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RE: EDP and a BIG burst of static/hiss
Thanks Bret, it's probably not the stout. Could however, be the Jack
From: Bret [mailto:firstname.lastname@example.org]
Sent: 10 September 2002 19:40
Subject: Re: EDP and a BIG burst of static/hiss
Glad things are starting to look better, hope the proper function
Hopefully the memory contact cleaning did the trick. Time and testing
will tell. If the problem repeats, it can be diagnosed and fixed.
I have 3 echoplex and have never had a boot issue with them. 1 of
these was made in 1995, another in 1996, the third I don't know. I
installed most of the memory, as the edp used to come with only 4mb of
ram. The ram I installed was used from old computers, so I cleaned
them before first installing. Maybe that is a clue.
I have done electronic repair and modifications for over 35 years. I
have been an engineer supporting high volume manufacturing of disk
drives for the past 16 years. We build tens of millions of drives each
year, so I've seen many varities of ways that they can be built wrong,
or component problems, or handling problems that introduce malfunction.
Connectivity issues are probably the most common malfunctions I have
seen in electronics. Poor connections happen, whether it be
contamination, oxidation, bad alignment, or wear to contacts. I have
seen computers malfunction due to memory connectivity issues.
The stout is not the problem.
Have a pint, relax and test :-)
Keep us posted.
--- email@example.com wrote:
> Hey kids.
> Again, I want to say thanks for all the info and help. I didn't know
> about the EPROM burning process to realize that it was probably not
> So, what I did last night was take the whole thing apart (again) and
> that baby up. I took each EPROM and memory chip (which I had not
> touched, upon finding the bent EPROM pin... yes Kim, it was in fact
> in there
> after I fixed it) and scrubbed it all down with contact cleaner. The
> seemed fine, but I did notice a fair amount of black on the cuetip
> cleaning off the memory chips. I then put it all back together and,
> course, it worked fine. Played with it for a few hours with no
> problem and
> went to bed with a loop running and woke up with it still there.
> I wouldn't call this a good test, but it was barely staying booted up
> for 5
> minutes before I did the big clean. I'm going to try and repeat this
> night to make sure everything's good.
> I still feel this is kind of weird though. I've got a Mac SE30 that
> runs with no problems. I also had a Mac IIX that ran for years and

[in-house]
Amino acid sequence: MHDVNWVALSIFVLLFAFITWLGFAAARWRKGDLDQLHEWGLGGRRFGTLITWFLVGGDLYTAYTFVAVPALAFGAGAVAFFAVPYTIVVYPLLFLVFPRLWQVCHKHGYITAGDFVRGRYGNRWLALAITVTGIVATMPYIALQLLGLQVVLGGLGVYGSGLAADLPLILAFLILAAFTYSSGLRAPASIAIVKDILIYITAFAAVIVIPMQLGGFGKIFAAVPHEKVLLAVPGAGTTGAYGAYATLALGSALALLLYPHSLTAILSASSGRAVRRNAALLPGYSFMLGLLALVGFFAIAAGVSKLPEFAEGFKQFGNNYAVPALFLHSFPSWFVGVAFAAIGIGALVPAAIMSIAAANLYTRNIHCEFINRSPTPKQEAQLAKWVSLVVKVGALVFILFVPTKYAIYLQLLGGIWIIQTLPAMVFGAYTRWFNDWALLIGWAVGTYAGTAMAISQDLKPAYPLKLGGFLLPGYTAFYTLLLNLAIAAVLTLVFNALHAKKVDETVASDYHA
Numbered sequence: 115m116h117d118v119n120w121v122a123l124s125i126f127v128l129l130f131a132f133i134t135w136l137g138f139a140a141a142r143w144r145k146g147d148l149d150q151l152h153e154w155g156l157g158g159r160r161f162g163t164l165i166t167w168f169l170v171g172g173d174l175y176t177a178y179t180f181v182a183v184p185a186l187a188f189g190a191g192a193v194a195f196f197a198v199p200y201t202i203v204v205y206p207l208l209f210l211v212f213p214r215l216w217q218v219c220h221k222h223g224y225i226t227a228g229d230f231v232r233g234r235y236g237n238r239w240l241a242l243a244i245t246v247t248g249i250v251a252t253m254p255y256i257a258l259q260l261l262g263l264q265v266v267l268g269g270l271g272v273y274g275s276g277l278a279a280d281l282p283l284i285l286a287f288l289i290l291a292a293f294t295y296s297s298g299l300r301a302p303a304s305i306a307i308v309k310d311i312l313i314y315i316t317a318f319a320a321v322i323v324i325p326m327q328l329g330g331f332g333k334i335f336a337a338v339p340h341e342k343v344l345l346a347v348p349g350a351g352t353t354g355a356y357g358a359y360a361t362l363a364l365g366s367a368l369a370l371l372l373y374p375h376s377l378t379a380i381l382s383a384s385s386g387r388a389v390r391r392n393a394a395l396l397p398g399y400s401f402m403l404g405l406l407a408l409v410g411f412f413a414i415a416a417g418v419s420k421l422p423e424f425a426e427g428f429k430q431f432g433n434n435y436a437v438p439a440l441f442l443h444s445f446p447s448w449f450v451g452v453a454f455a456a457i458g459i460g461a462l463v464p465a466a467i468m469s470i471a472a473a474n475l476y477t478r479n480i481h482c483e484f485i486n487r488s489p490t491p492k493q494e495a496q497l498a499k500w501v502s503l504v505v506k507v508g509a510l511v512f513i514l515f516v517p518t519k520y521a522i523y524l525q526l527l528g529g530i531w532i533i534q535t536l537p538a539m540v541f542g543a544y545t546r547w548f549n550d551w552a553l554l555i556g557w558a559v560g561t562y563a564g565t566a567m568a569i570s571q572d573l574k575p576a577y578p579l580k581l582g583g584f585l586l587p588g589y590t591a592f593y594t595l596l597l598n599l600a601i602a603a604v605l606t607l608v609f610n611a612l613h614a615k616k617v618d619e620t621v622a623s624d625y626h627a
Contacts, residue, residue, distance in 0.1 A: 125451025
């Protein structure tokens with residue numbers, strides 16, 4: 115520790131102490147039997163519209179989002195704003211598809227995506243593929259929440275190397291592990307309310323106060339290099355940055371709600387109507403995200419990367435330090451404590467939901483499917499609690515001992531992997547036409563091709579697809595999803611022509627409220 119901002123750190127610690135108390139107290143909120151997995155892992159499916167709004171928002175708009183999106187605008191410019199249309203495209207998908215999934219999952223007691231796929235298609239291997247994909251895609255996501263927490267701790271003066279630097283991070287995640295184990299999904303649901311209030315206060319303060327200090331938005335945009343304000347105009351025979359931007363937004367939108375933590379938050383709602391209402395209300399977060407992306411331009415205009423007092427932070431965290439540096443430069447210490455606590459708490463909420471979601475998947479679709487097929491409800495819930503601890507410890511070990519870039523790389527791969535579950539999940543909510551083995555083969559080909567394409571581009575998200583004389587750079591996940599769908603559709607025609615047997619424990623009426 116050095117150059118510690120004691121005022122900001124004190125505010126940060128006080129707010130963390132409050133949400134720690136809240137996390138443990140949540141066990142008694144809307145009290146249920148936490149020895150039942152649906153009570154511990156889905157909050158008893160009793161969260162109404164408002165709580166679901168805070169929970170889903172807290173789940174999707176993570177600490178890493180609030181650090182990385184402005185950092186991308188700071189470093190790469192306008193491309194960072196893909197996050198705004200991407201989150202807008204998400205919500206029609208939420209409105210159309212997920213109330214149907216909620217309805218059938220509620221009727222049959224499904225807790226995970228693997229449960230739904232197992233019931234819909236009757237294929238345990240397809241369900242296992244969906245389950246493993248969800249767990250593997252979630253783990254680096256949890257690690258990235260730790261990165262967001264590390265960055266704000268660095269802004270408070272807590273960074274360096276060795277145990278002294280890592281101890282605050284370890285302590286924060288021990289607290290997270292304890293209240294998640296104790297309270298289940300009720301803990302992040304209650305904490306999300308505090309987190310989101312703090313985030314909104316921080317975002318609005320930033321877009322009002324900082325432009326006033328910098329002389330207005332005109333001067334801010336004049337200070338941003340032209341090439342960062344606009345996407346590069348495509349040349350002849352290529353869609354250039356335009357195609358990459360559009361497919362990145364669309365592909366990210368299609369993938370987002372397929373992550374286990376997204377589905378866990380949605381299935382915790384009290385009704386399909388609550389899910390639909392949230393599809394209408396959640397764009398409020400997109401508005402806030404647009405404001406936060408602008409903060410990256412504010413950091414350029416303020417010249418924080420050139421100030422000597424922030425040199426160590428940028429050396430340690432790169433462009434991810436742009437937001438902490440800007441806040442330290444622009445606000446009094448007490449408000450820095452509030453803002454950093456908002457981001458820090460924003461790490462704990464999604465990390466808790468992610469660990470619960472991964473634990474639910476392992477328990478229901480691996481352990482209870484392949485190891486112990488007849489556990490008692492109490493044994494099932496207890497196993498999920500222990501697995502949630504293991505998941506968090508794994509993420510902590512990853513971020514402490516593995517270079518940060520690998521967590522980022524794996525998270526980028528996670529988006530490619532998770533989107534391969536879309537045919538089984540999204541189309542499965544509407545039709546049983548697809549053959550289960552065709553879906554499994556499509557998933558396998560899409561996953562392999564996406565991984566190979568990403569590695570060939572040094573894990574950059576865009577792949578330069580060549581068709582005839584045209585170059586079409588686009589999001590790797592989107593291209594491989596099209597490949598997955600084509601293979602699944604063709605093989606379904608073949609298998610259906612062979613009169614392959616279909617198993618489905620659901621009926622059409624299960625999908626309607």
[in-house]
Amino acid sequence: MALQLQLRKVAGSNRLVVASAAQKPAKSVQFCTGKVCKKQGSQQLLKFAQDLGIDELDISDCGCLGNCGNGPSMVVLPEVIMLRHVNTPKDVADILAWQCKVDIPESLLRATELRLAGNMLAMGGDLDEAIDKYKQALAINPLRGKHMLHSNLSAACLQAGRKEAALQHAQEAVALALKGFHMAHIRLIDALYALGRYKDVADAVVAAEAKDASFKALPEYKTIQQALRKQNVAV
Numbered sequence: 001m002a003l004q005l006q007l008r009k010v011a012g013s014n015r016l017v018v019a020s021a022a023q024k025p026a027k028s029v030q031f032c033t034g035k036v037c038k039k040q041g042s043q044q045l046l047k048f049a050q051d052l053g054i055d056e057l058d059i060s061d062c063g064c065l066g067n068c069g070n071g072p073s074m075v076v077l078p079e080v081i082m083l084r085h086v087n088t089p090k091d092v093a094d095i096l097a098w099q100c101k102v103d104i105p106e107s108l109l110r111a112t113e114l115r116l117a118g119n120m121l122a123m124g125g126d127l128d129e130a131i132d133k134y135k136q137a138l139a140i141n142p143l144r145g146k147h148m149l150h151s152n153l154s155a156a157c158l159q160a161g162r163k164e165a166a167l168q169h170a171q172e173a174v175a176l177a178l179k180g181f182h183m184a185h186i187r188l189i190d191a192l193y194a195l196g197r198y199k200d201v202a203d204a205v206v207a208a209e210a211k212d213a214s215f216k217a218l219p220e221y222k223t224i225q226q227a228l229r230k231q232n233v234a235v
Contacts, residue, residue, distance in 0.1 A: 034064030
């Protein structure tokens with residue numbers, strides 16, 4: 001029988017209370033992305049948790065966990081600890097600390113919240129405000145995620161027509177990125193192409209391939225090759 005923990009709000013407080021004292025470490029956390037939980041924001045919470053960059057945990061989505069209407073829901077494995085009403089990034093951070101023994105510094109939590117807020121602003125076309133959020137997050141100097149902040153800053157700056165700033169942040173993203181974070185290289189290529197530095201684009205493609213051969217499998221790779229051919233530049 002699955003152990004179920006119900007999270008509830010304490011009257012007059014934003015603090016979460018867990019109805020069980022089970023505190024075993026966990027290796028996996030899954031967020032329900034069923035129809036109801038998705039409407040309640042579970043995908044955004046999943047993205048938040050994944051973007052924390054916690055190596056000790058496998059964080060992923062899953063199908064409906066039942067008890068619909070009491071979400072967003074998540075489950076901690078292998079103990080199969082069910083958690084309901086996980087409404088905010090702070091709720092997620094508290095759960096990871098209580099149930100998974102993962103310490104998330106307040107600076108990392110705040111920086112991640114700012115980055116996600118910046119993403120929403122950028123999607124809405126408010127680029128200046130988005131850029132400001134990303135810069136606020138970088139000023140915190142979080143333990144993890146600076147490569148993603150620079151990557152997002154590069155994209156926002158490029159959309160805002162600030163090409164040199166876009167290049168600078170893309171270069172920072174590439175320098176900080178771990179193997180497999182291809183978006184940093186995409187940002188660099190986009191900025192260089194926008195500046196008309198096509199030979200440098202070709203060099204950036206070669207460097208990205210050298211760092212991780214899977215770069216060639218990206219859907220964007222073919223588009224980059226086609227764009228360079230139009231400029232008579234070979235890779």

> years and
> years. In the hot humid summers and bitter cold winters of upstate
> NY. I've
> never had to clean a contact or reseat anything, yet this seems
> common with
> the EDP. Someone said it was because of the fact we take the EDP out
> and bang
> it around a lot more than computer gear, but I used to take the SE30
> with me to gigs as a MIDI sequencer, so it often went to gigs in sub
> conditions, only to find itself in a heated enviornment moments
> later. The
> thing still boots up. I still use it to run the "Fish" screensaver
> in leu of
> a real fishtank.
> Could it be the type/brand of ram Gibson uses? Why not clean it with
> cleaner that protects it from oxididation before installing it? My
> unit was a
> newer Gibson unit that's probably been a San Rafael CA storeage room
> most of
> it's life. That can't be a bad climate for electronics gear.
> Moderate and
> dry all year. I know shit happens, but something tells me that other
> are at work in this case. We need to tell those Brits to stay away
> from the
> stout and start QC'n their gear before they ship it.
> Mark Sottilaro
> Kim Flint wrote:
> > At 03:09 PM 9/9/2002, firstname.lastname@example.org wrote:
> > >First, I want to thank you all for your excellent role as "Gibson
> > >support" and for all the good information. Tonight I shall (once
> > >open up my EDP and this time attempt to clean all the contacts. I
> > >reseated the eproms, and upon finding the bent pin, I figured that
> > >obviously my problem. When it worked after that, I thought I was
> done. I
> > >didn't even bother with the memory becaues the fault seemed so
> > You might also want to recheck the rom pins too. On occasion I've
> bent a
> > rom pin back, but didn't do it very well and left a kink in it.
> Then when I
> > pressed it into the socket I just bent it out all over again. It's
> worth it
> > to take some care and make sure the are all really in there.
> > kim
> > Kim Flint | Looper's Delight
> > email@example.com | http://www.loopers-delight.com
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